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Welcome to a month on the GM Fringe

Logo for the north's "Buzzyest" festival, the GM Fringe
Logo for the north's "Buzzyest" festival, the GM Fringe

Greater Manchester Fringe is back from July 1-31, with a huge range of theatre, comedy, dance, spoken word and even magic shows.

Launched in 2012, GMFringe is an open-access fringe festival showcasing new writers and performers from across Greater Manchester and around the world at a wide variety of small venues. 

Shows on offer range from the new and unseen to shows that have been doing the rounds of small regional venues for months or more, while many will also be seen on the world-scale Edinburgh Fringe in August. 

Among the attractions is award-winning writer Mike Heath’s new play Faith, about a gay couple clashing with a devout Catholic mother at their wedding, at HOME, Manchester (July 1-3).

Red Brick Theatre presents Bad Moult at HOME (july 4-5), a darkly-comic monologue that takes us into the troubled mind of Roach, who has escaped modern life by living in a commercial waste bin.

Qweerdog Theatre’s Natter, (July 4-5, The Edge, Chorlton), takes the audience back to 1980s Salford, when Helen and Linda grapple with useless husbands, a homosexual son and what’s on telly.

Writer Joe Dennis explores his own personal experiences of autism in his show Tides at Salford Arts Theatre (July 4-5), while The Restaurant features dancers from Portugal and Taiwan (July 5-7) at the Fitzgerald in Manchester’s Northern Quarter.

Jewel is an autobiographical, one-person musical comedy by Preston-born Muslim comedian Zahra Abbas at Social Refuge on July 8, and features in a double bill with Olivera by trans American writer Jacklyn Jeffries.

Religion and identity feature in Ultimate Jewish Mother with Rachel Creeger (July 11 at the Whitefield Garrick); Lost Girl (July 15-16 at the King’s Arms, Salford); and Rules Schmules - How to be Jew-ISH with Suzie Dupreli (July 21-23 at the King’s Arms).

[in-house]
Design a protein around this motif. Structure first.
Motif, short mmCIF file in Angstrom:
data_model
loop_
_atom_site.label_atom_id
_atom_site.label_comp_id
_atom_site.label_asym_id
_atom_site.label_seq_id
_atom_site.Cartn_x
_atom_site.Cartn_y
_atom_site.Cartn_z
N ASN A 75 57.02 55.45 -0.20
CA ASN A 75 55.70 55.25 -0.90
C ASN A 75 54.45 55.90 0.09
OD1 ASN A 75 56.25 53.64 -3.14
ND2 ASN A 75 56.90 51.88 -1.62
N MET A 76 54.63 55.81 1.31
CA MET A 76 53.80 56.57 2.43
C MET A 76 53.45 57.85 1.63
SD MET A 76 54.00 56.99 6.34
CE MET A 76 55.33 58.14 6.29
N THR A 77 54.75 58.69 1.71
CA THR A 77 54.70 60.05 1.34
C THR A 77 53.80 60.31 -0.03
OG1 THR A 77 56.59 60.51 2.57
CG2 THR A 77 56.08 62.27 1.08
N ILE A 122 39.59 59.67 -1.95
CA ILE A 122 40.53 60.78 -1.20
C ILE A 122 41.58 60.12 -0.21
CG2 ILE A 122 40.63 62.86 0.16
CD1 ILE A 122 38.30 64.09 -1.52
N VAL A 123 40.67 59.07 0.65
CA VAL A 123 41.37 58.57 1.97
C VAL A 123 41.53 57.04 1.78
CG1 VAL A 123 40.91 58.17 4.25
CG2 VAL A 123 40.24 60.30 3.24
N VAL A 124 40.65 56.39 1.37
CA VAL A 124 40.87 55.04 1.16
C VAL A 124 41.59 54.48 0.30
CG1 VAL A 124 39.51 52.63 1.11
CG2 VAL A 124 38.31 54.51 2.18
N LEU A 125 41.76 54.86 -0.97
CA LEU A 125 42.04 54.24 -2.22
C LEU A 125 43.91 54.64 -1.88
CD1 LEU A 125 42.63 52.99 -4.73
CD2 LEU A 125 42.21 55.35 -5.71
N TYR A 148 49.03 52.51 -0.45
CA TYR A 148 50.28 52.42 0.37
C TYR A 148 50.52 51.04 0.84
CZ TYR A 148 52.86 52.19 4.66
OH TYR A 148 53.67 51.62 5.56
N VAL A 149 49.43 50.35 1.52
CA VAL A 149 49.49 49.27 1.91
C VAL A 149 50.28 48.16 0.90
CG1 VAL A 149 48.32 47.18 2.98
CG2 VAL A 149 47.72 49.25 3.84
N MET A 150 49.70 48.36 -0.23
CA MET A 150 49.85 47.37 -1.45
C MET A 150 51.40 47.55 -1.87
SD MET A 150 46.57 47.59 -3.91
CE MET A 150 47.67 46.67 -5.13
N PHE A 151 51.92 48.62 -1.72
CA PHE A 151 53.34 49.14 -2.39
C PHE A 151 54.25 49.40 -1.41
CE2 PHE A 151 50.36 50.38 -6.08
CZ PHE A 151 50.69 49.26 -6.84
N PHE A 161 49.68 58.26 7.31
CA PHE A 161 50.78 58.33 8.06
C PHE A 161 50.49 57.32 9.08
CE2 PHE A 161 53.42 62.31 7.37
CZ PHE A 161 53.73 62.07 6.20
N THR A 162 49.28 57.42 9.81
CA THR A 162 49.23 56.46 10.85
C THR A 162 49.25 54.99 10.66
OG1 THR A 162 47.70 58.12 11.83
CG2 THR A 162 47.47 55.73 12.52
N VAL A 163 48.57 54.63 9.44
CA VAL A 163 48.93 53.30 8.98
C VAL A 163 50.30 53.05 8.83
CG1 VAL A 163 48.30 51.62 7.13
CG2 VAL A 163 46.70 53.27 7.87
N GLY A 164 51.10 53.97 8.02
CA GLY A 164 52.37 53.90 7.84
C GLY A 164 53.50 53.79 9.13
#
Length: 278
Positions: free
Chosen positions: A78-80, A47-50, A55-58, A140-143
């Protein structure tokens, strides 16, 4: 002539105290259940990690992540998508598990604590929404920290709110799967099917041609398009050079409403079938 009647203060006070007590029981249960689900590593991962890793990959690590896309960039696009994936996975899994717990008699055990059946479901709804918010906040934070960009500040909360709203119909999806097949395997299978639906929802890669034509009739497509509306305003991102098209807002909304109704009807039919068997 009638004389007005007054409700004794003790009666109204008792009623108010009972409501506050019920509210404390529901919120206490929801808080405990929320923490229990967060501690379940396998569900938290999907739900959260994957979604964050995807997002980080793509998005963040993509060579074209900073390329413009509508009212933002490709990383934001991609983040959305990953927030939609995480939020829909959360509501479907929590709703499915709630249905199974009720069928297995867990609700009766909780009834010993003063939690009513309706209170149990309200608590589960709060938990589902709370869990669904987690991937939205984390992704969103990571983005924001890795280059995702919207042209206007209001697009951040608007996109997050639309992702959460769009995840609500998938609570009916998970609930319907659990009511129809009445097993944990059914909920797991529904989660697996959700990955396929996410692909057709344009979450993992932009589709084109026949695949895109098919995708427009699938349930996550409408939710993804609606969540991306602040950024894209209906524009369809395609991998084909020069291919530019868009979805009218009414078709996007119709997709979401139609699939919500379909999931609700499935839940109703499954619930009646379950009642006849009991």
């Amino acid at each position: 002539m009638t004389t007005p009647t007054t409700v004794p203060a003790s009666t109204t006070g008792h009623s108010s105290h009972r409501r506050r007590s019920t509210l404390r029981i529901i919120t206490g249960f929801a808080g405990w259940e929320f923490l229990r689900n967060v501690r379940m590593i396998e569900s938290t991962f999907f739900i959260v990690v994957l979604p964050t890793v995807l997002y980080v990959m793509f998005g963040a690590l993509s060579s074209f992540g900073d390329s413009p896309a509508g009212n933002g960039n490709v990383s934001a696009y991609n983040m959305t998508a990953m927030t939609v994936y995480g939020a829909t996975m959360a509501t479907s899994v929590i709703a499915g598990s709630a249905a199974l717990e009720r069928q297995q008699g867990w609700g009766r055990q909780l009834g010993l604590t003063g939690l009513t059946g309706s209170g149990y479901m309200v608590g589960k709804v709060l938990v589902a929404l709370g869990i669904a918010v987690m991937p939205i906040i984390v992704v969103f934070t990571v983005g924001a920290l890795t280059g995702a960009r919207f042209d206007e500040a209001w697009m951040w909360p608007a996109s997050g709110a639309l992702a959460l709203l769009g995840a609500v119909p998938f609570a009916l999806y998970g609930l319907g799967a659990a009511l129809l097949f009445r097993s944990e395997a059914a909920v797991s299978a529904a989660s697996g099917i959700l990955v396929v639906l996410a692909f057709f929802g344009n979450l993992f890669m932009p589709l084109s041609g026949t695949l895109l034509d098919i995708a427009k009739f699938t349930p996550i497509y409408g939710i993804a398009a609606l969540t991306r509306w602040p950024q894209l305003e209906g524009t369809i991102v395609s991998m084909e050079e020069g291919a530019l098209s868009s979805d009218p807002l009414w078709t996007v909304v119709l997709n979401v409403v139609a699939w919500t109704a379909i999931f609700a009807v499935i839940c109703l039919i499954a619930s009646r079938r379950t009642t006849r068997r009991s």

Britain’s Got Talent semi-finalist Nerine Skinner went viral for her political parodies of former Prime Minister Liz Truss in 2022 and at the Social Refuge (July 9) she tries more of the same in Nerine Skinner: The Exorcism of Liz Truss.

Meanwhile Stephen Titley will be talking about the past Labour leader in Oh Jeremy Corbyn, part of a comedy double bill with Goldfish, presented by Nina Gilligan on July 10 at The King's Arms in Salford.

Chris Tavener previously performed with Super Hans from Peep Show and will be Faking Cool in his musical comedy sketch show, (July 10-11, King’s Arms).

Sam Lowe examines imposter syndrome in his magic show The Imposter on July 13 at the King’s Arms in Salford, while at the same venue, award-winning play Dear Eliza returns with an exploration of mental health (July 13-14), featuring Barbara Diesel, directed by Helen Parry.

A dispute over bins is the inspiration for With Love, Mr Gay by Brentwood winner Joshua Val Martin (July 16, Social Refuge). 

See new musical, Nuns of Fury (July 17-20) at The Fitzgerald, presented by Greater Manchester-based Rocket Whip Productions. 

Life After is a powerful, two-act Northern drama about grief, loss, hope, and change (Whitefield Garrick, July 18-20).

In All Cops Are (July 21-22, The Fitzgerald), an undercover police officer infiltrates the clandestine insurgent Rebel Clown Army as part of a double bill of new drama and monologues.

Meanwhile Mud Rats at the Empty Space, Salford (July 27-28), tells the story of four “Salford Pals’ (one of dozens of regiments culled largely from the same city or area) before the Battle of the Somme in WW1, with their teacher as their sergeant.

For more details and tickets go here, or read more about each show by clicking the links above.


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